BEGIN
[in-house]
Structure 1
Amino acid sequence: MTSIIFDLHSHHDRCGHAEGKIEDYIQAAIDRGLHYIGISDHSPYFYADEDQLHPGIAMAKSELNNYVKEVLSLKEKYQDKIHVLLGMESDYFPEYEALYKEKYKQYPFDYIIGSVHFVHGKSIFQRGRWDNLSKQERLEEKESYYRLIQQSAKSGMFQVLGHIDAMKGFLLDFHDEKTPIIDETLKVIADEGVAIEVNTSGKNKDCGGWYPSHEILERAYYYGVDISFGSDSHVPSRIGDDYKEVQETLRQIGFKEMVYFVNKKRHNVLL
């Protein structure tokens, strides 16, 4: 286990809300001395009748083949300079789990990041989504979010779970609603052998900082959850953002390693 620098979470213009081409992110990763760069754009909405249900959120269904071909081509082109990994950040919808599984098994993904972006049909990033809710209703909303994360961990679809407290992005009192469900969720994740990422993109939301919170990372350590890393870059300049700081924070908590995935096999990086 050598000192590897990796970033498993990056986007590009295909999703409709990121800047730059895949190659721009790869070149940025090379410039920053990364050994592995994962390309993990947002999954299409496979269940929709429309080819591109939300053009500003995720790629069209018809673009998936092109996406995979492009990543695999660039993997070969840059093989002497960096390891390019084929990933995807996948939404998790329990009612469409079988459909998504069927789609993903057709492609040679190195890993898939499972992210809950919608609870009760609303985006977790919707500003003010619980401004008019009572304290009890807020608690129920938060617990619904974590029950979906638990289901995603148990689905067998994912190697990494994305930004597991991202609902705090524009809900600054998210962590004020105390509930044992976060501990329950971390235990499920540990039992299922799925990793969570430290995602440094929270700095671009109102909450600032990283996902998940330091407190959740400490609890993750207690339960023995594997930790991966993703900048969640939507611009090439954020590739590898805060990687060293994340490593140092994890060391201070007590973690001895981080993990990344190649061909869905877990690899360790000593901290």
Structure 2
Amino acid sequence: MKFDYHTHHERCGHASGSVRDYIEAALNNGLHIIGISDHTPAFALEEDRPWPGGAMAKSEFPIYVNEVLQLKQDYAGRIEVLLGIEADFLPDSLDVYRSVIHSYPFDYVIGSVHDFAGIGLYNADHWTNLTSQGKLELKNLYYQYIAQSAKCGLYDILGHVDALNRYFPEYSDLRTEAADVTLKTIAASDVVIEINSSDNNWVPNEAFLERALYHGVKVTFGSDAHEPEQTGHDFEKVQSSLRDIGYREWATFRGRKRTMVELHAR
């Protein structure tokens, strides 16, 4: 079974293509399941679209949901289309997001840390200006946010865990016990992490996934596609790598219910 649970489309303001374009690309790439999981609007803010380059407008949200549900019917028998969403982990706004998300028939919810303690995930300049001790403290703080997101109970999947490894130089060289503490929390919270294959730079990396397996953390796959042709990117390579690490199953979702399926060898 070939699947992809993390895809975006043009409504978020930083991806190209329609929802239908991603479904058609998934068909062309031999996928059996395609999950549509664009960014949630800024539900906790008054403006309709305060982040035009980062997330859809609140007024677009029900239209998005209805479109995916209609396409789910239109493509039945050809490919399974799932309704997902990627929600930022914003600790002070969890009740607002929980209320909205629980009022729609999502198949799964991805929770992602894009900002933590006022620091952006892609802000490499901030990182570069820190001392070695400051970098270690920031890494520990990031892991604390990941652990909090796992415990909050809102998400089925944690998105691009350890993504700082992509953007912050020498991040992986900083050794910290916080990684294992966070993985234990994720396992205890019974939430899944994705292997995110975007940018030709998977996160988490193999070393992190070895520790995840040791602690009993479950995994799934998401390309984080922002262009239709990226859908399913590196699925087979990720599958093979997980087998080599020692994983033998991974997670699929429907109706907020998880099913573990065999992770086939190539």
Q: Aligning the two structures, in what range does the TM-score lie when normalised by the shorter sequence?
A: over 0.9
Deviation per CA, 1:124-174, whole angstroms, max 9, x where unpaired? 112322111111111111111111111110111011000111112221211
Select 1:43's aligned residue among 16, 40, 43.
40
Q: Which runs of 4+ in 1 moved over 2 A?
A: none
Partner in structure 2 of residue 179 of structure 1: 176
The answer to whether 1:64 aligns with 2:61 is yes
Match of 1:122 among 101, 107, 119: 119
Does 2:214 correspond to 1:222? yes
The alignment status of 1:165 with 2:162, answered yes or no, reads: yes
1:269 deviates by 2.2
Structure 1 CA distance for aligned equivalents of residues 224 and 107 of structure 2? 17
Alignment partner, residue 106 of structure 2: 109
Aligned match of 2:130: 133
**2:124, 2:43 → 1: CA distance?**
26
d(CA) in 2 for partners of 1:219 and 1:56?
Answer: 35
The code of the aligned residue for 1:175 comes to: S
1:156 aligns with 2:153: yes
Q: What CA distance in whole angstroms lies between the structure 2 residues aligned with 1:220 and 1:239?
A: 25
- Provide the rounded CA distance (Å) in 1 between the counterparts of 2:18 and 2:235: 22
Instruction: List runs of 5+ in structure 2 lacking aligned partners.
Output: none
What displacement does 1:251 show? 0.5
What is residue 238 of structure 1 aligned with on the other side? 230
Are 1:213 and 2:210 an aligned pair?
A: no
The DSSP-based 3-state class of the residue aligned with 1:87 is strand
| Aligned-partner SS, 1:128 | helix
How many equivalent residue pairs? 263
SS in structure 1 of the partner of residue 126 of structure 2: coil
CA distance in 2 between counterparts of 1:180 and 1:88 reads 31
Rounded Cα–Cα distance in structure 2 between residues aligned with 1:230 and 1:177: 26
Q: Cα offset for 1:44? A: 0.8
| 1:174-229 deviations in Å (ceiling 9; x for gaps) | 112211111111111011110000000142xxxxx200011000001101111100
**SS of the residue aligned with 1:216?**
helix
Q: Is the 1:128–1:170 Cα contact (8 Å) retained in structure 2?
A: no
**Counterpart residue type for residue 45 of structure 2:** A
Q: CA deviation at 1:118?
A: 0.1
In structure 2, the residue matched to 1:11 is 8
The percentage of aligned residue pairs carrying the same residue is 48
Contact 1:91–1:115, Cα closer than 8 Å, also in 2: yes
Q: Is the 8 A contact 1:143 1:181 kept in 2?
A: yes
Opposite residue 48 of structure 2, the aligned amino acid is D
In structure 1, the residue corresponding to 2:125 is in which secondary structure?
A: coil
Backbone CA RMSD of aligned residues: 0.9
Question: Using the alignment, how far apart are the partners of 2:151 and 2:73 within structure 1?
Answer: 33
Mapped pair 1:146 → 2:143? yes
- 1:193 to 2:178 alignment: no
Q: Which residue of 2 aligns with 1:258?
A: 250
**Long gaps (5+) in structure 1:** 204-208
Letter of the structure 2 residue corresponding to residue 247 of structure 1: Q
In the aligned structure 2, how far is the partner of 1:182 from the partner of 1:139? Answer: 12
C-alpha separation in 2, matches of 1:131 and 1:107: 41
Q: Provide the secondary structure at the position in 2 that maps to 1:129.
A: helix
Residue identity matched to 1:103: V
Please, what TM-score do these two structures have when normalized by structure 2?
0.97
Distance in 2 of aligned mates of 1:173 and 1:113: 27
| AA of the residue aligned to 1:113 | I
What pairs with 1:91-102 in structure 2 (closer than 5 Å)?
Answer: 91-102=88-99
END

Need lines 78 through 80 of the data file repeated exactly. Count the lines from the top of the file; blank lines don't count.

Distance in 2 of aligned mates of 1:173 and 1:113: 27
| AA of the residue aligned to 1:113 | I
What pairs with 1:91-102 in structure 2 (closer than 5 Å)?